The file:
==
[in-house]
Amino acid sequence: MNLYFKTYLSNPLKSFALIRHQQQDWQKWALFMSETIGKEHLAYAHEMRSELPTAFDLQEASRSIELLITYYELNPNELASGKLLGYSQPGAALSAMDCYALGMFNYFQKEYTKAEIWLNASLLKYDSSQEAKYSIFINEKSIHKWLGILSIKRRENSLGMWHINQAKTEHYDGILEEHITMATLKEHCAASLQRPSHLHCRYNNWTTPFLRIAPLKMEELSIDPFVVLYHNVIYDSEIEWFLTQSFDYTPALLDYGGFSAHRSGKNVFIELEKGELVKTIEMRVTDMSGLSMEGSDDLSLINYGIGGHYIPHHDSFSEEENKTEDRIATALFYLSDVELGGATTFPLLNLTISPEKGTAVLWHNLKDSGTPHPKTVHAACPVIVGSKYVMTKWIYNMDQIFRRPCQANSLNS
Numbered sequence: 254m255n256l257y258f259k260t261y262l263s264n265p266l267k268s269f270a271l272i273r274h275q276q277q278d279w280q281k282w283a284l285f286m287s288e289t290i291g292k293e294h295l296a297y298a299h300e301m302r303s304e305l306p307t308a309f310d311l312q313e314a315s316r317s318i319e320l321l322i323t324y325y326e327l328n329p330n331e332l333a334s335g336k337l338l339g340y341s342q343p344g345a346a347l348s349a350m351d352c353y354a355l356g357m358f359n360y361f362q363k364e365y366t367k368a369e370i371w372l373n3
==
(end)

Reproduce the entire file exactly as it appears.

[in-house]
Amino acid sequence: MNLYFKTYLSNPLKSFALIRHQQQDWQKWALFMSETIGKEHLAYAHEMRSELPTAFDLQEASRSIELLITYYELNPNELASGKLLGYSQPGAALSAMDCYALGMFNYFQKEYTKAEIWLNASLLKYDSSQEAKYSIFINEKSIHKWLGILSIKRRENSLGMWHINQAKTEHYDGILEEHITMATLKEHCAASLQRPSHLHCRYNNWTTPFLRIAPLKMEELSIDPFVVLYHNVIYDSEIEWFLTQSFDYTPALLDYGGFSAHRSGKNVFIELEKGELVKTIEMRVTDMSGLSMEGSDDLSLINYGIGGHYIPHHDSFSEEENKTEDRIATALFYLSDVELGGATTFPLLNLTISPEKGTAVLWHNLKDSGTPHPKTVHAACPVIVGSKYVMTKWIYNMDQIFRRPCQANSLNS
Numbered sequence: 254m255n256l257y258f259k260t261y262l263s264n265p266l267k268s269f270a271l272i273r274h275q276q277q278d279w280q281k282w283a284l285f286m287s288e289t290i291g292k293e294h295l296a297y298a299h300e301m302r303s304e305l306p307t308a309f310d311l312q313e314a315s316r317s318i319e320l321l322i323t324y325y326e327l328n329p330n331e332l333a334s335g336k337l338l339g340y341s342q343p344g345a346a347l348s349a350m351d352c353y354a355l356g357m358f359n360y361f362q363k364e365y366t367k368a369e370i371w372l373n3